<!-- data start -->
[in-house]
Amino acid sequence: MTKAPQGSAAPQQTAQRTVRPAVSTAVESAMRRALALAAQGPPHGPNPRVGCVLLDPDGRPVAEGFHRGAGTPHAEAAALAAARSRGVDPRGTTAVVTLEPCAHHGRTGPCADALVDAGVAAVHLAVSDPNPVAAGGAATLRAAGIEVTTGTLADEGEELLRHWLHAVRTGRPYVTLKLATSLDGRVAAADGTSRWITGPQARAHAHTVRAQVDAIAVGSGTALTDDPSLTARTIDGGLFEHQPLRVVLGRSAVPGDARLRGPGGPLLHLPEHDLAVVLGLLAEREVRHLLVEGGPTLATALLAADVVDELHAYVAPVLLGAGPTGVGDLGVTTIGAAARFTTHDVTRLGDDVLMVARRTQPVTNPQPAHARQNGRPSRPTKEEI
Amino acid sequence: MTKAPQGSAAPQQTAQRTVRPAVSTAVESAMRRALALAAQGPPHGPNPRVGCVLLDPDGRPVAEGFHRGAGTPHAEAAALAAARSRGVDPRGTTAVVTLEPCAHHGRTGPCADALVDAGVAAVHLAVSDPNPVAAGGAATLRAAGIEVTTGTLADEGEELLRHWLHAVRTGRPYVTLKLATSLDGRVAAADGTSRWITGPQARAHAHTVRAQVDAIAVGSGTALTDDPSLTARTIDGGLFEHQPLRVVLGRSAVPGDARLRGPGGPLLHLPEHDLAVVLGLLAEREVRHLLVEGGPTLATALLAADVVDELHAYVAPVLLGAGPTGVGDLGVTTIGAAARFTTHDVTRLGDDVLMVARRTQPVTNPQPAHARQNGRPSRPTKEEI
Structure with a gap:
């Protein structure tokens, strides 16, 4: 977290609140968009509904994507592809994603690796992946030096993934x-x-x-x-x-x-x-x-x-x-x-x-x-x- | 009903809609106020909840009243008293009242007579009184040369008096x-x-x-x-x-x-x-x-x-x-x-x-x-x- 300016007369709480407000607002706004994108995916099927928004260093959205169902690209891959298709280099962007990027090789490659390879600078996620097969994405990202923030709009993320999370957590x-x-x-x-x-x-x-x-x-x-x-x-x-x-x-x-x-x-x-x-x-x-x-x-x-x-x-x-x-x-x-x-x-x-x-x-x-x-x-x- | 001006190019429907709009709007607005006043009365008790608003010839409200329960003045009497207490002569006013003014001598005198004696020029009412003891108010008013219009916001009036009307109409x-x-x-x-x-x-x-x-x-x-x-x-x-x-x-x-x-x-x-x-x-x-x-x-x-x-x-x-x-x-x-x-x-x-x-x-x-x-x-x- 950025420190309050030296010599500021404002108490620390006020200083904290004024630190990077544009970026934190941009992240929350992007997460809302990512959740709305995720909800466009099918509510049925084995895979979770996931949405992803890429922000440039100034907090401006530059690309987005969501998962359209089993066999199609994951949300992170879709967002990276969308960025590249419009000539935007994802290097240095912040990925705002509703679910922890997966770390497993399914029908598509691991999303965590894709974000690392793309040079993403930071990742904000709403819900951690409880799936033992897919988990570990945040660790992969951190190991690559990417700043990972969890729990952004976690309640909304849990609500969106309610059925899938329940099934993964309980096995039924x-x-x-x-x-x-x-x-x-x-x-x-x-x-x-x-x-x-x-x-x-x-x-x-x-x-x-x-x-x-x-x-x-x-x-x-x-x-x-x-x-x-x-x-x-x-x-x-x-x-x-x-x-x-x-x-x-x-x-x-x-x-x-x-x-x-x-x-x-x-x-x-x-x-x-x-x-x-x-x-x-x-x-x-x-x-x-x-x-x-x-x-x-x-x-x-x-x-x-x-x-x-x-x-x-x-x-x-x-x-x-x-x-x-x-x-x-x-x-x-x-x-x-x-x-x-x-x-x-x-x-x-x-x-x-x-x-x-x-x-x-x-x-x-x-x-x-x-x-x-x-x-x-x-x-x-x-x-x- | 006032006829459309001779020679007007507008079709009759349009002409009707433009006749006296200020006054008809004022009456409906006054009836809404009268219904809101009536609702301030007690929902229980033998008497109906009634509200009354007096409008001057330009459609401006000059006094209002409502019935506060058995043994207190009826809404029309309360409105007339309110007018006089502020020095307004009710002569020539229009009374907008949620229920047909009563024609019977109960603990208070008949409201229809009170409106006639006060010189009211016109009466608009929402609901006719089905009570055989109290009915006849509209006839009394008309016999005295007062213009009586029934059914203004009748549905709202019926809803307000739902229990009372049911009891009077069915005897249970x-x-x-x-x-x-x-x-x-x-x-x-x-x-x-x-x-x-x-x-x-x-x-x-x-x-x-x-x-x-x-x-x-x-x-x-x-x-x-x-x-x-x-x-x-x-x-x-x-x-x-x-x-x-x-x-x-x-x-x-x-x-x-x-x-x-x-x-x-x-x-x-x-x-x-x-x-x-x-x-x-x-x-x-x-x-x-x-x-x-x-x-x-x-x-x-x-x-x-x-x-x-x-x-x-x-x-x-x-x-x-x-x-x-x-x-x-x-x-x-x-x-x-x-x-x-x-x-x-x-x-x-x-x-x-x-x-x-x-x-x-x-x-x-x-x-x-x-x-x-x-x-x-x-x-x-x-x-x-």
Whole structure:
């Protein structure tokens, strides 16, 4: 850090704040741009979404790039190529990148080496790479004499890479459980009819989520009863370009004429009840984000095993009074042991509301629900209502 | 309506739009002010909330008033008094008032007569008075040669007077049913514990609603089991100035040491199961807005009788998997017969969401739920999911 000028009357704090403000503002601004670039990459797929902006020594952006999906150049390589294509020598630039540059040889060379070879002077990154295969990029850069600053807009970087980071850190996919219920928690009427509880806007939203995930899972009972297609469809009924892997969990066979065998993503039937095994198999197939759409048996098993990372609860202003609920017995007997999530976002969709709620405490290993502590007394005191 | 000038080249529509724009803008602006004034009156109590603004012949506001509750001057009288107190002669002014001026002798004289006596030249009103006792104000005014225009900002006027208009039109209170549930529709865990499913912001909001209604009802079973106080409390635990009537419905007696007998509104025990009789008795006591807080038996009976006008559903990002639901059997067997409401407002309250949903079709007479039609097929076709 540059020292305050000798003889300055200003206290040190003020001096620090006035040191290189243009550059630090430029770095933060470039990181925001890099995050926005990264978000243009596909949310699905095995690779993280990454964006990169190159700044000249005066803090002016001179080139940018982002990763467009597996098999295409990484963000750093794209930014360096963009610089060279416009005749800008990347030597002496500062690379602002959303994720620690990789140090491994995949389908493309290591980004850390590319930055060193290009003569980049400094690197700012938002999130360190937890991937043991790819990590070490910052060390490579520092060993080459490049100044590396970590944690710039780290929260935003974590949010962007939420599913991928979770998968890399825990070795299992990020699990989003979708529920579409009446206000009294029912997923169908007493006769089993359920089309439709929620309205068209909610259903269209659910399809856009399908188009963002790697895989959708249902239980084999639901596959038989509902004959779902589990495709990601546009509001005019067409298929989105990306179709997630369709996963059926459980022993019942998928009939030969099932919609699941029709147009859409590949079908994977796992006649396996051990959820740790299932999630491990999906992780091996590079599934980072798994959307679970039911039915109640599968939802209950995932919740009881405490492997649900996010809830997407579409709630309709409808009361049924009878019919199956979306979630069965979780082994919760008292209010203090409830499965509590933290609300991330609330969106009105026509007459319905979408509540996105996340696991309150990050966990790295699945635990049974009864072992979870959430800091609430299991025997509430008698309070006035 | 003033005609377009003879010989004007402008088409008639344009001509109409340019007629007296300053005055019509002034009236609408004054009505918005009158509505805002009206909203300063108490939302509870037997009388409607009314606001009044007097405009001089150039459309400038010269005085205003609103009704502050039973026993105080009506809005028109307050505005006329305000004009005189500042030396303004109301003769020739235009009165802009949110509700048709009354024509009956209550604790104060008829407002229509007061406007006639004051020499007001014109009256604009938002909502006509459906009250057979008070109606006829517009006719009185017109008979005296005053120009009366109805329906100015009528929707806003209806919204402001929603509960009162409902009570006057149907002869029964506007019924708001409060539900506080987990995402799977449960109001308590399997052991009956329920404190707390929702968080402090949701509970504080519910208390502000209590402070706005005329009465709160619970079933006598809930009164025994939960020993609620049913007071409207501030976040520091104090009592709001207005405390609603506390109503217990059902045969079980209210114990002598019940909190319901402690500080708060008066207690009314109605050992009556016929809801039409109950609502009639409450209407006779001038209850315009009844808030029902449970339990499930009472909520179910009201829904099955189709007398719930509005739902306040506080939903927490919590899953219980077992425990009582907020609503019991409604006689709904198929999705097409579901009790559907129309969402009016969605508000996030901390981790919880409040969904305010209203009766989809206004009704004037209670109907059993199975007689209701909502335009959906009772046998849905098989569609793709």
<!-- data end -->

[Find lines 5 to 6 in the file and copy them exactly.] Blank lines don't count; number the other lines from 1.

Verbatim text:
């Protein structure tokens, strides 16, 4: 977290609140968009509904994507592809994603690796992946030096993934x-x-x-x-x-x-x-x-x-x-x-x-x-x- | 009903809609106020909840009243008293009242007579009184040369008096x-x-x-x-x-x-x-x-x-x-x-x-x-x- 300016007369709480407000607002706004994108995916099927928004260093959205169902690209891959298709280099962007990027090789490659390879600078996620097969994405990202923030709009993320999370957590x-x-x-x-x-x-x-x-x-x-x-x-x-x-x-x-x-x-x-x-x-x-x-x-x-x-x-x-x-x-x-x-x-x-x-x-x-x-x-x- | 001006190019429907709009709007607005006043009365008790608003010839409200329960003045009497207490002569006013003014001598005198004696020029009412003891108010008013219009916001009036009307109409x-x-x-x-x-x-x-x-x-x-x-x-x-x-x-x-x-x-x-x-x-x-x-x-x-x-x-x-x-x-x-x-x-x-x-x-x-x-x-x- 950025420190309050030296010599500021404002108490620390006020200083904290004024630190990077544009970026934190941009992240929350992007997460809302990512959740709305995720909800466009099918509510049925084995895979979770996931949405992803890429922000440039100034907090401006530059690309987005969501998962359209089993066999199609994951949300992170879709967002990276969308960025590249419009000539935007994802290097240095912040990925705002509703679910922890997966770390497993399914029908598509691991999303965590894709974000690392793309040079993403930071990742904000709403819900951690409880799936033992897919988990570990945040660790992969951190190991690559990417700043990972969890729990952004976690309640909304849990609500969106309610059925899938329940099934993964309980096995039924x-x-x-x-x-x-x-x-x-x-x-x-x-x-x-x-x-x-x-x-x-x-x-x-x-x-x-x-x-x-x-x-x-x-x-x-x-x-x-x-x-x-x-x-x-x-x-x-x-x-x-x-x-x-x-x-x-x-x-x-x-x-x-x-x-x-x-x-x-x-x-x-x-x-x-x-x-x-x-x-x-x-x-x-x-x-x-x-x-x-x-x-x-x-x-x-x-x-x-x-x-x-x-x-x-x-x-x-x-x-x-x-x-x-x-x-x-x-x-x-x-x-x-x-x-x-x-x-x-x-x-x-x-x-x-x-x-x-x-x-x-x-x-x-x-x-x-x-x-x-x-x-x-x-x-x-x-x-x- | 006032006829459309001779020679007007507008079709009759349009002409009707433009006749006296200020006054008809004022009456409906006054009836809404009268219904809101009536609702301030007690929902229980033998008497109906009634509200009354007096409008001057330009459609401006000059006094209002409502019935506060058995043994207190009826809404029309309360409105007339309110007018006089502020020095307004009710002569020539229009009374907008949620229920047909009563024609019977109960603990208070008949409201229809009170409106006639006060010189009211016109009466608009929402609901006719089905009570055989109290009915006849509209006839009394008309016999005295007062213009009586029934059914203004009748549905709202019926809803307000739902229990009372049911009891009077069915005897249970x-x-x-x-x-x-x-x-x-x-x-x-x-x-x-x-x-x-x-x-x-x-x-x-x-x-x-x-x-x-x-x-x-x-x-x-x-x-x-x-x-x-x-x-x-x-x-x-x-x-x-x-x-x-x-x-x-x-x-x-x-x-x-x-x-x-x-x-x-x-x-x-x-x-x-x-x-x-x-x-x-x-x-x-x-x-x-x-x-x-x-x-x-x-x-x-x-x-x-x-x-x-x-x-x-x-x-x-x-x-x-x-x-x-x-x-x-x-x-x-x-x-x-x-x-x-x-x-x-x-x-x-x-x-x-x-x-x-x-x-x-x-x-x-x-x-x-x-x-x-x-x-x-x-x-x-x-x-x-």
Whole structure: